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Characterisation of the ovine model of McArdle's disease: development of therapeutic strategies

Walker, Kendall Rae (2006) Characterisation of the ovine model of McArdle's disease: development of therapeutic strategies. PhD thesis, Murdoch University.

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        Abstract

        McArdle's disease (OMIM 232600) is one of the most common glycogen storage diseases affecting skeletal muscle. It is inherited in an autosomal recessive manner and is caused by a defect in the muscle glycogen phosphorylase gene (PYGM) (Ch 11q13), a key metabolic enzyme. As a result, patients are unable to mobilise muscle glucose stores to provide the energy for muscle contraction; and suffer from exercise intolerance (myalgia, tachycardia, breathlessness and early fatigue) as well as cramps / contractures and occasionally rhabdomyolysis and myoglobinuria after bouts of strenuous exercise. Histopathologically, McArdle's disease is characterised by an increase in subsarcolemmal storage of glycogen and reduced or absent glycogen phosphorylase activity. McArdle's disease displays significant genetic heterogeneity, with 47 different disease-causing mutations in PYGM having been identified in human sufferers. In keeping with this genetic heterogeneity, significant molecular heterogeneity is observed in patients with regard to the effect of the disease-causing mutation on the PYGM mRNA transcript. In contrast, little biochemical heterogeneity is associated with the disease, with approximately 90% of human patients having no residual pygm protein and therefore no enzyme activity.

        A naturally occurring ovine model of McArdle's disease was identified a number of years ago in a flock of merino sheep in Western Australia. The disease causing mutation responsible for ovine McArdle's disease was identified and published in 1997 by Tan et al., (1997) [1]. The mutation occurs in the 3' acceptor splice-site of intron 19 of the ovine PYGM gene, resulting in the activation of a cryptic splice-site site in exon 20 and the premature termination of the transcript. Hypothetically this mutant pygm protein should be 31 amino acids smaller than the wild-type. When I began my PhD, it was known that the ovine sufferers displayed exercise intolerance and histological examination of affected muscle revealed an excess subsarcolemmal storage of glycogen and absent phosphorylase, as occurs in their human counterparts. Due to their similarities in muscle mass to humans and the relative ease and low cost of maintenance, the ovine model of McArdle's disease is an important and highly relevant test-bed for therapeutic strategies.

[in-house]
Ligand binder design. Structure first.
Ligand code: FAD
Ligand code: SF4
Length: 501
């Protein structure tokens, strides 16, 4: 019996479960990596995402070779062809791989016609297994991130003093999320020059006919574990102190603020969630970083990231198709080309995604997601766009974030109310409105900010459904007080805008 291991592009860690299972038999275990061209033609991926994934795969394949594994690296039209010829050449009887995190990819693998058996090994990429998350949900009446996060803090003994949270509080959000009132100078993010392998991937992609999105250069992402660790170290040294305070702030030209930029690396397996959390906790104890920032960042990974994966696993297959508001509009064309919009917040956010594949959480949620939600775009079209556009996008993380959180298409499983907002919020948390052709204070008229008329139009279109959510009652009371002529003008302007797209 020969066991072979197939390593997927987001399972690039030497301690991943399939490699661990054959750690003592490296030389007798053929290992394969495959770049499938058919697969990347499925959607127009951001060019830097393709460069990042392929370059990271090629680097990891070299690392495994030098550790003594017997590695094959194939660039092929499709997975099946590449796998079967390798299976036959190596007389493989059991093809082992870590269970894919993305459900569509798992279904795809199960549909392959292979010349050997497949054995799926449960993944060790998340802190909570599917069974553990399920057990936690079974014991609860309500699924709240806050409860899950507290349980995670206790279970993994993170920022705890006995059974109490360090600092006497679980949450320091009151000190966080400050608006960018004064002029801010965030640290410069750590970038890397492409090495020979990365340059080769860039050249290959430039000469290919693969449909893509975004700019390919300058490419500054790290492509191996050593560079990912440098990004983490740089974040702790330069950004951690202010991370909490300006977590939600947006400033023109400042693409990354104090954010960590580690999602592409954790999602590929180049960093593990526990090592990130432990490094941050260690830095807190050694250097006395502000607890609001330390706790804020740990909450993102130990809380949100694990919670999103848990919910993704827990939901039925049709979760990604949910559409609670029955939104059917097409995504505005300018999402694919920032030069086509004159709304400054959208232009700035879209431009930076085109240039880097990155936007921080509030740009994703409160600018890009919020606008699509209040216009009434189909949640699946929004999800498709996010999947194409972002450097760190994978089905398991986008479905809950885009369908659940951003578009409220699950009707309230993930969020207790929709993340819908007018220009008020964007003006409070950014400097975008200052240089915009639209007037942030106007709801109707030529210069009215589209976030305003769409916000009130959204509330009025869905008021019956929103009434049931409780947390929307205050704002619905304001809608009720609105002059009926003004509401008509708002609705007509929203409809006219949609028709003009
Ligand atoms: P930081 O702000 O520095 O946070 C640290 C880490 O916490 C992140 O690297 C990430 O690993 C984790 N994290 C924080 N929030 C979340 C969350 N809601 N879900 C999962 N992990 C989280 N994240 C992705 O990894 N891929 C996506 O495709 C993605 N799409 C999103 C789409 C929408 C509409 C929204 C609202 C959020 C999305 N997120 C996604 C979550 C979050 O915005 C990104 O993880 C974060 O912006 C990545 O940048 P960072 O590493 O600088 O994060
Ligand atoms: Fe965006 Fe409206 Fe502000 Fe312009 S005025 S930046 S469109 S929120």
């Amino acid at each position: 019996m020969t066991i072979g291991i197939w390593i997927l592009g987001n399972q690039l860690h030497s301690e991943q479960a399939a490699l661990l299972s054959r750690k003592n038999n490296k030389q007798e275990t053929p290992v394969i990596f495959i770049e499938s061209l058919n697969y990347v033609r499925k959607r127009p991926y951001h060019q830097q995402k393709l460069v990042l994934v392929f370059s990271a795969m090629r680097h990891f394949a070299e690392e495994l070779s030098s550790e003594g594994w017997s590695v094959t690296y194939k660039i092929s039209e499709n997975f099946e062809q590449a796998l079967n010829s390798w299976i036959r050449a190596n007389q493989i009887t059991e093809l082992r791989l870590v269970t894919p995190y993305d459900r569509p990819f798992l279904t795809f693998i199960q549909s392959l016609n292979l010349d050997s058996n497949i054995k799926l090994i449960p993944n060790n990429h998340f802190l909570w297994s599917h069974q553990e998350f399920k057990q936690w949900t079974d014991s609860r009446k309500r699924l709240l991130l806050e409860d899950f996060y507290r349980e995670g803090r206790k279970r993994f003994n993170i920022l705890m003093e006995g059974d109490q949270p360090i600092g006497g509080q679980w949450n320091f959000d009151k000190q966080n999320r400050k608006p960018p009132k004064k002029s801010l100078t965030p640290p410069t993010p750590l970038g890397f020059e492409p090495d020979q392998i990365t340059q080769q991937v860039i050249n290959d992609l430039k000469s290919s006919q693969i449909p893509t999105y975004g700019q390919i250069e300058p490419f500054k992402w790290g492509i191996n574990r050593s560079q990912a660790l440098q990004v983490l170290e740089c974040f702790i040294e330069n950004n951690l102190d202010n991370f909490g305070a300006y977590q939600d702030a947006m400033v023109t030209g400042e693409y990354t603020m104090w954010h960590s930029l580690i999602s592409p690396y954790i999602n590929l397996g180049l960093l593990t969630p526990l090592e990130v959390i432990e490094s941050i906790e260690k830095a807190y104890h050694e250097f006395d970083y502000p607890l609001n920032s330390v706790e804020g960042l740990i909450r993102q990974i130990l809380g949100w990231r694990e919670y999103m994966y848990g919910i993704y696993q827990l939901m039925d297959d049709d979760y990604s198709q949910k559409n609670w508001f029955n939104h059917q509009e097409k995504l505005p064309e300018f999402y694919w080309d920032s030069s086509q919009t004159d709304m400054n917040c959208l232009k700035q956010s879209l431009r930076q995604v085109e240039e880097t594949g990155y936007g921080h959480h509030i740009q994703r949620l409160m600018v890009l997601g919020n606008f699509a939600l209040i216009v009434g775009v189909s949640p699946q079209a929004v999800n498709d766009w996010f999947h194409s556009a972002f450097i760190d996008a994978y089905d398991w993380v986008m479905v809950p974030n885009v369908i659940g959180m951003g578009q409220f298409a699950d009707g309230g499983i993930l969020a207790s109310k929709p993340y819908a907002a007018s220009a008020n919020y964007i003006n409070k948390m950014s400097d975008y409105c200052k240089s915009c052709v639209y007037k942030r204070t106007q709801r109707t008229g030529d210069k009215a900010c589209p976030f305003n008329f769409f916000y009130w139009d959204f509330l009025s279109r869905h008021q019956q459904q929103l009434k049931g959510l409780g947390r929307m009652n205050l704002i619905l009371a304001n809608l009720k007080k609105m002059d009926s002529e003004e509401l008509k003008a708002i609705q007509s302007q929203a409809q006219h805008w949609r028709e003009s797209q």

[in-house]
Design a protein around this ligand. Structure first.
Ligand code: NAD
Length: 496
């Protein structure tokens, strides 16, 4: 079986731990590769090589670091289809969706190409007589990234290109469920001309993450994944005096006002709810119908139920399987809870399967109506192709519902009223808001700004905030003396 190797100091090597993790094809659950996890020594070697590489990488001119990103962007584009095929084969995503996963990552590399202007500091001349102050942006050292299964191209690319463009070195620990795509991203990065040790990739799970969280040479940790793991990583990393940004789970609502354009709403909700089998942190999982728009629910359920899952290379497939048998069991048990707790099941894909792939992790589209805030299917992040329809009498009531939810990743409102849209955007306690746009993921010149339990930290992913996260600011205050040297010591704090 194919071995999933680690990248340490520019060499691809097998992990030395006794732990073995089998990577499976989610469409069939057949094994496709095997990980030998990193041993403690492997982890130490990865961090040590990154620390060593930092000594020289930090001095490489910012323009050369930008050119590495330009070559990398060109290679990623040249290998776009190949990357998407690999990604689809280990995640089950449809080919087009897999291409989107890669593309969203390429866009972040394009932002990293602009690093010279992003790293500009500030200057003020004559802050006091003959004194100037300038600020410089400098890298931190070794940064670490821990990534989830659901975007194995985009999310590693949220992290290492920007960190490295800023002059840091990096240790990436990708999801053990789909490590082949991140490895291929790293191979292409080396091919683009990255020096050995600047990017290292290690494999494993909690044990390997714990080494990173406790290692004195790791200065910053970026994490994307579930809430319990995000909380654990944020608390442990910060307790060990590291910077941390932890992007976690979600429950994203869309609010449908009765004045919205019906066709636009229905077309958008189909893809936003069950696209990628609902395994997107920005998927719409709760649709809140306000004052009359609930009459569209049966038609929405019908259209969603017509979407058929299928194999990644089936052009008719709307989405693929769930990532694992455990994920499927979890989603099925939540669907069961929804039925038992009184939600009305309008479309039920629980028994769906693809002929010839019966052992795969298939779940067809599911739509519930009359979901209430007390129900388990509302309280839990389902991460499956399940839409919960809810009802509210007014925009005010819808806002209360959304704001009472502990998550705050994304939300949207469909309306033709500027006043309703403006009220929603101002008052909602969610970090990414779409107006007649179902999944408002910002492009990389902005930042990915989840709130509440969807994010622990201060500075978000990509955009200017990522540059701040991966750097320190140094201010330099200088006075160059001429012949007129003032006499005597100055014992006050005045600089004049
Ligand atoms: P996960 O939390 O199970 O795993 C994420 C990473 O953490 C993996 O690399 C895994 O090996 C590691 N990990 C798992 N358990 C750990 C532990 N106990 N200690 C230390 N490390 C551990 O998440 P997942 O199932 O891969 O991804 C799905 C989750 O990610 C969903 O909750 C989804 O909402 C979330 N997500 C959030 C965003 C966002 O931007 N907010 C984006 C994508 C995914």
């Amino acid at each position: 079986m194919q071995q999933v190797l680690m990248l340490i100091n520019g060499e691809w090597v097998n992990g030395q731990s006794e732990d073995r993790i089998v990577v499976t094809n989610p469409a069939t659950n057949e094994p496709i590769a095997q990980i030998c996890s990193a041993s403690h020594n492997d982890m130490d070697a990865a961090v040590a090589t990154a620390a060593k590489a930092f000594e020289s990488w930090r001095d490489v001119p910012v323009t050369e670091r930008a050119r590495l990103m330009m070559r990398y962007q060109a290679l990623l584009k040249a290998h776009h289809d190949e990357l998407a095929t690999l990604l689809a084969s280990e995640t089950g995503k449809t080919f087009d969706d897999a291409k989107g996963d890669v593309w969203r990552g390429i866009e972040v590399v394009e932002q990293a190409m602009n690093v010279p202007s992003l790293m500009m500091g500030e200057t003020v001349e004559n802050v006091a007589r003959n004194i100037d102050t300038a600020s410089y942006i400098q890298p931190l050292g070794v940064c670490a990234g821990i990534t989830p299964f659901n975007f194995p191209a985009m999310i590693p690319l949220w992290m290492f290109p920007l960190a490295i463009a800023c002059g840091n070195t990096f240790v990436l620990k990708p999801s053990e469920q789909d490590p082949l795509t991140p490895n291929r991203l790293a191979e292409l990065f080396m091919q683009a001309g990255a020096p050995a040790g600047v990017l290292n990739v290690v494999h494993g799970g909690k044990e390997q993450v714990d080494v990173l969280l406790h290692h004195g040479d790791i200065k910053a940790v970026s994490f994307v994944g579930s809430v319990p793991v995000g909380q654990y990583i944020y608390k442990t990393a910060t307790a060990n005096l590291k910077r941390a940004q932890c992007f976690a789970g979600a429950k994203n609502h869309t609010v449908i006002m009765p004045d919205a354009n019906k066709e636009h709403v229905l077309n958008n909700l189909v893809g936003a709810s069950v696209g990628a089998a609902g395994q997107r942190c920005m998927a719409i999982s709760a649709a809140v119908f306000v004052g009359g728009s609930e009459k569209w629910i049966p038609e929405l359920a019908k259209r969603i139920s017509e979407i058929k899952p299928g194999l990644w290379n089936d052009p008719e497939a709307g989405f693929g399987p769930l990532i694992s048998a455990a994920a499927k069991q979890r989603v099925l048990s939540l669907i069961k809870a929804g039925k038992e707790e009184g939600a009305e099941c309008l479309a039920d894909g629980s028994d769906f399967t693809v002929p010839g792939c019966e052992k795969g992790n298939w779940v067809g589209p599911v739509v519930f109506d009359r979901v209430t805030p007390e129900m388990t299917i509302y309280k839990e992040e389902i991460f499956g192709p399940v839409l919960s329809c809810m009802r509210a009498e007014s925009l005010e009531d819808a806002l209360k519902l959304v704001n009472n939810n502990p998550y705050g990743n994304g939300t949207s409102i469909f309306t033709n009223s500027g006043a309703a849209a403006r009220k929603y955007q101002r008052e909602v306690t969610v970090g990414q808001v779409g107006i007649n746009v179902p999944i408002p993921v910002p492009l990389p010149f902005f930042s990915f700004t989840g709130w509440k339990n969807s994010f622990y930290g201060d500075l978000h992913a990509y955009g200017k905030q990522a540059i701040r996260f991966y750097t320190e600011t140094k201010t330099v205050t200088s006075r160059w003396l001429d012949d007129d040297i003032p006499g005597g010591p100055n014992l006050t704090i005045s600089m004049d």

This thesis can essentially be divided into two parts:
        1) The characterisation of the ovine model of McArdle's disease-
        In particular, determining the effect of the disease-causing mutation on both the PYGM mRNA and protein, characterising the sequences of the ovine glycogen phosphorylase isoforms and their developmental and tissue specific expression patterns, as well as determining the identity and the activity of the glycogen phosphorylase isoforms expressed in certain muscle groups (cardiac, extraocular and smooth muscles) which appear to be protected from the disease.

        Based upon this data and making use of the ovine model;
        2) Development of therapeutic strategies-
        A number of potential therapeutic strategies were investigated including:
        * The upregulation of a functionally related gene, through the re-expression of non-muscle isoforms of glycogen phosphorylase via notexin induced muscle regeneration.
        * As well as the replacement of the PYGM gene using modified adenovirus 5 (AdV5) and adeno-associated virus 2 (AAV-2) vectors.

        Based upon the ability of the non-muscle isoforms of glycogen phosphorylase to function in-vivo in McArdle's muscle in the absence of the muscle isoform, the ability of tributyrin (a butyrate prodrug and potent histone deacetylase inhibitor) to re-express brain glycogen phosphorylase in mature mouse muscle was also investigated.

        Publication Type: Thesis (PhD)
        Murdoch Affiliation: School of Veterinary and Biomedical Sciences
        Supervisor: Laing, Nigel
        URI: http://researchrepository.murdoch.edu.au/id/eprint/384
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